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The character assassination of Keith Alexander  30 June 2014 
Source: Errata Security - Posted by Dave Wreski   
According to these stories, a Congressman wants to know if former NSA chief Gen. Keith Alexander is selling classified info to banks. There is nothing to this story. It’s gossip based on upon rumor based on speculation based on innuendo. It’s such obvious character assassination that I shouldn’t have to write a blog post debunking it, but apparently you people have gone insane.
“The Internet’s Own Boy”: How the government destroyed Aaron Swartz  25 June 2014 
Source: Salon - Posted by Dave Wreski   
Brian Knappenberger’s Kickstarter-funded documentary “The Internet’s Own Boy: The Story of Aaron Swartz,” which premiered at Sundance barely a year after the legendary hacker, programmer and information activist took his own life in January 2013, feels like the beginning of a conversation about Swartz and his legacy rather than the final word.
6 things security pros keep getting wrong  29 May 2014 
Source: InfoWorld - Posted by Alex   
I'm a security professional, and it pains me to admit that in my line of work, mistakes are made. Multiple times. In almost every organization. With alarming frequency.
5 ways computer security has truly advanced  27 May 2014 
Source: InfoWorld - Posted by Dave Wreski   
As you may know, I like to rant about the poor state of computer security. I have reason to, because each year it appears we're losing the battle as more and more systems get exploited. We can't seem to take care of the simple stuff, like requiring better passwords or fixing DNS (who among you has enabled DNSSec?), much less the hard work it will take to make substantial improvements in the state of security.
OpenSSL and Linux: A Tale of Two Open-Source Projects  07 May 2014 
Source: NY Times - Posted by Alex   
The Heartbleed bug has cast a bright and not entirely flattering light on the open-source movement’s incentive model. When a crucial and ubiquitous piece of security code like OpenSSL — left vulnerable for two years by the Heartbleed flaw — can be accessed by all the world’s programming muscle, but only has one full-time developer and generates less than $2,000 in donations a year, clearly something is amiss.
Don’t punish Heartbleed hacker … hire him!  05 May 2014 
Source: Hamilton Spectator - Posted by Anthony Pell   
A 19-year-old UWO computer science student, Stephen Solis-Reyes, takes six hours to hack into the Canada Revenue Agency using the Heartbleed bug. The National Security Agency admits to using it for the past two years. Solis-Reyes admits he took no data and damaged nothing.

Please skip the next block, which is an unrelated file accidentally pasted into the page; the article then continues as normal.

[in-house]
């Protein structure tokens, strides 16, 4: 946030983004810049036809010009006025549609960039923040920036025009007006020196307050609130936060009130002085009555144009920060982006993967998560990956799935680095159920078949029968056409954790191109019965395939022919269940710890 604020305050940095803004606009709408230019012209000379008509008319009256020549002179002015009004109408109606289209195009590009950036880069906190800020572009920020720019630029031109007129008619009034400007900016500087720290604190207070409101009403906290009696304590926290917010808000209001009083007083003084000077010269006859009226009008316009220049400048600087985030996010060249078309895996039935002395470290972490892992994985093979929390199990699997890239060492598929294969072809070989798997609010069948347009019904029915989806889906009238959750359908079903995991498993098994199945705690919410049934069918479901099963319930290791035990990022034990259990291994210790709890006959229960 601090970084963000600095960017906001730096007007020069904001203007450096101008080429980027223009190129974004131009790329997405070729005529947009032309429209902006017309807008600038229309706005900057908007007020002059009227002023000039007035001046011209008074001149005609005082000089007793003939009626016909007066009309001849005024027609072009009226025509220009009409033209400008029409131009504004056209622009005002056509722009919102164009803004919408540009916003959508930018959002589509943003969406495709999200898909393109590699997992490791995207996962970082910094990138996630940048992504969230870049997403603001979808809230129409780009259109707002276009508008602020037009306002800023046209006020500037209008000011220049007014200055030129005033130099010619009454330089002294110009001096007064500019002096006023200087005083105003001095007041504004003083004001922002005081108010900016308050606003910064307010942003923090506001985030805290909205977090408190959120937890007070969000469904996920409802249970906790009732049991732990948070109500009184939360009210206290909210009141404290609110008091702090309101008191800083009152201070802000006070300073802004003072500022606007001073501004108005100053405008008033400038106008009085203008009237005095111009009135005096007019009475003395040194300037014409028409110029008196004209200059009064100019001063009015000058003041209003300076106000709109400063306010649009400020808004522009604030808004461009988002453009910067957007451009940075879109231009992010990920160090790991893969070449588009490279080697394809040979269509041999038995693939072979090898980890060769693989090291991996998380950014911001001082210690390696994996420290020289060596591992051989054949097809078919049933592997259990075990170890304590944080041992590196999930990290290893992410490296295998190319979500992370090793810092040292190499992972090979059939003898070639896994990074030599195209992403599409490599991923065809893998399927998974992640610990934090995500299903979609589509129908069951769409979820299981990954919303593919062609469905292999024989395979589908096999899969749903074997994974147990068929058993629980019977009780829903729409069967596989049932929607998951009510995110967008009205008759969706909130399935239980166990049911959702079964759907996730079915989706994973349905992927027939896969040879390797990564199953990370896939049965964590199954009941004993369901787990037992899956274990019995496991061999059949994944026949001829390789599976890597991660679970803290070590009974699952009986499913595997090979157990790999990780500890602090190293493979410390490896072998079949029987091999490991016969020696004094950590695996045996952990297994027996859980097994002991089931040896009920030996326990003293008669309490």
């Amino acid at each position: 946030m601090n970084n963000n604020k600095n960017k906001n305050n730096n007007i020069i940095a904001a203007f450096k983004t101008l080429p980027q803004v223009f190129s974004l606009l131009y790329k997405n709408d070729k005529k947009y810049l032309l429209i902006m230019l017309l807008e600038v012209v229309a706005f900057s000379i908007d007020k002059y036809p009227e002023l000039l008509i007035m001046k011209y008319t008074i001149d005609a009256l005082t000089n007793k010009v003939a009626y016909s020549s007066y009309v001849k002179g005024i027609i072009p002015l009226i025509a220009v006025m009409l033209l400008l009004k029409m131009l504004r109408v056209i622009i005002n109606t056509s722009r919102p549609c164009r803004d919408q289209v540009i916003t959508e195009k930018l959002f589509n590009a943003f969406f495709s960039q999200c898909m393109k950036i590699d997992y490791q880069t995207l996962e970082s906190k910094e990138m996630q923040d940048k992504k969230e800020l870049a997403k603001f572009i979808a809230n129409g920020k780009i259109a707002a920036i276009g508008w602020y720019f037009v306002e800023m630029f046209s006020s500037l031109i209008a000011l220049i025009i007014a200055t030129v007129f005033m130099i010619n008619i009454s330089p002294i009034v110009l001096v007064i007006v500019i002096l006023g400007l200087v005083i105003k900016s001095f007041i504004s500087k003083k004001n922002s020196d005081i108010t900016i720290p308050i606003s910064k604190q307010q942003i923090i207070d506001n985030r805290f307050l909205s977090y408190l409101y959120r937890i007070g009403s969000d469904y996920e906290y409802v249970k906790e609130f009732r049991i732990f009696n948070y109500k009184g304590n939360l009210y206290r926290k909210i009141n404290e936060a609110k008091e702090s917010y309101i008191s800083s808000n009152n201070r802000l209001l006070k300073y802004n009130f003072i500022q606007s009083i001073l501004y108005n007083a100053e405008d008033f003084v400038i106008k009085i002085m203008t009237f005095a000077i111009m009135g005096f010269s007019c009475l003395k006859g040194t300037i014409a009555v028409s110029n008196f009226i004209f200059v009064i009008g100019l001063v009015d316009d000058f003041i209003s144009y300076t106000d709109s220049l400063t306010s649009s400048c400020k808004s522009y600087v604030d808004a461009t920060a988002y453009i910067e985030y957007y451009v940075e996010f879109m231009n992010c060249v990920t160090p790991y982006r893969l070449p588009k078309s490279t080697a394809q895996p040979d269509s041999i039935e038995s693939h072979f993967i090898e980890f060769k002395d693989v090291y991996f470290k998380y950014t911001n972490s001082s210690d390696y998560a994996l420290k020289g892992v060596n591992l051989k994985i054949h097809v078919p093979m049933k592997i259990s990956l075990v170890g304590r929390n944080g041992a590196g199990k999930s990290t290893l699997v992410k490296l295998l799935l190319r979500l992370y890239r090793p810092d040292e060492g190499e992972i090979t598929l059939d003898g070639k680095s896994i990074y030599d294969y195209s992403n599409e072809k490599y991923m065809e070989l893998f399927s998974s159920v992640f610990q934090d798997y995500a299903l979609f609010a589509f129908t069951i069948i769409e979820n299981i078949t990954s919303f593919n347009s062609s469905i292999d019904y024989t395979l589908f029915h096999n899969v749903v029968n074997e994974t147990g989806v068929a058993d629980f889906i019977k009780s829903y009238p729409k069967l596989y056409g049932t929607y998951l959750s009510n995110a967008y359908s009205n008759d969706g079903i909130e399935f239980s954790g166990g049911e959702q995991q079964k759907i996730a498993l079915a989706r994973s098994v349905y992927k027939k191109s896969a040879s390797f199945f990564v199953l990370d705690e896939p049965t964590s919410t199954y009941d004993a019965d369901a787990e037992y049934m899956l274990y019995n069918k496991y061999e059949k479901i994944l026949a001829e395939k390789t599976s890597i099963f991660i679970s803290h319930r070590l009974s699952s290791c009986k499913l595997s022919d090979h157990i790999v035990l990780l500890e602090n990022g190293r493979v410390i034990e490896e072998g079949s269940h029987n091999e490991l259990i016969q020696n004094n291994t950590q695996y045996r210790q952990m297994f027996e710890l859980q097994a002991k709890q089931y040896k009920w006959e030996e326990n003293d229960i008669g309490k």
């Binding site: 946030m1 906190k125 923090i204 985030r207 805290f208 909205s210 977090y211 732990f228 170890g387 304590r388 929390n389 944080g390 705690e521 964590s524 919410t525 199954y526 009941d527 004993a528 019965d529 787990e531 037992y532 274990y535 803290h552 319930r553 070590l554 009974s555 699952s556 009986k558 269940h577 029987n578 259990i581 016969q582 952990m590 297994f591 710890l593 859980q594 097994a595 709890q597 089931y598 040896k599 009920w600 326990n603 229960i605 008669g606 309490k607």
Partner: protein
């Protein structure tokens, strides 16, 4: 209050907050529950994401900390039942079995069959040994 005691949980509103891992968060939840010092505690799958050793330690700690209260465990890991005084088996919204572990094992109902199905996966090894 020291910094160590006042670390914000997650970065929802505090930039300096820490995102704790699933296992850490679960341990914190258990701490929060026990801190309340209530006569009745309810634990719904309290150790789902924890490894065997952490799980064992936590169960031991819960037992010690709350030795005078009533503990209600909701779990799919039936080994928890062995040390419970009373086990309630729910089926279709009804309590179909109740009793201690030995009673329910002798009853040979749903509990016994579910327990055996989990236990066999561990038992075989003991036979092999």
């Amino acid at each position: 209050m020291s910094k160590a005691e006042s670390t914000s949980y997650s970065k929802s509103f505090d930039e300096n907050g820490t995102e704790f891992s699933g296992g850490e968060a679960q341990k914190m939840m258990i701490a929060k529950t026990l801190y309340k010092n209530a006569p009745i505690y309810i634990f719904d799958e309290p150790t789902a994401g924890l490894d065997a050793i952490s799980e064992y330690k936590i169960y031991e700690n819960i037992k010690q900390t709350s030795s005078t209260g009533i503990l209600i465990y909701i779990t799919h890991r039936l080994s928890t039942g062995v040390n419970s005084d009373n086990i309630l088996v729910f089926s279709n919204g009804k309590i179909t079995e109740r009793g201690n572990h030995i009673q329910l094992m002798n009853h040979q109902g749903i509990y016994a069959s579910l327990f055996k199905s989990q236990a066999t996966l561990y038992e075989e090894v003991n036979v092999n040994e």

Safety you can bank on: Chromebook, Linux, phone  21 April 2014 
Source: USA Today - Posted by Dave Wreski   
Q: I'm nervous about keeping my online banking safe on my regular PC. Should I buy a Chromebook and use it just for that? A: Cheap laptops running Google's Chrome OS have a lot going for them as long as you don't need conventional, disk-based apps and rarely lack for bandwidth.
World's Biggest Data Breaches  20 March 2014 
Source: Information Is Beautiful - Posted by Dave Wreski   
This interactive ‘Balloon Race’ code is powered by our forthcoming VizSweet software – a set of high-end dataviz tools for generating interactive visualisations. We’re currently in pre-alpha.
Security: It's knowing what you don't know  10 March 2014 
Source: The Register UK - Posted by Alex   
Some vendors will tell you that security problems are solved by sticking a device on the edge of your network, but we all know that 100 per cent security is a fantasy.
Everything You Wanted To Know About Bitcoin  07 February 2014 
Source: Kaspersky - Posted by Alex   
Bitcoin is a cryptocurrency that has gained popularity in the latest months due to the fact that the price has been increasing significantly, catching the mainstream public and media attention. Even though the value of a single currency unit has fallen back quite a bit, it is still a tempting option for many users and cybercriminals alike.
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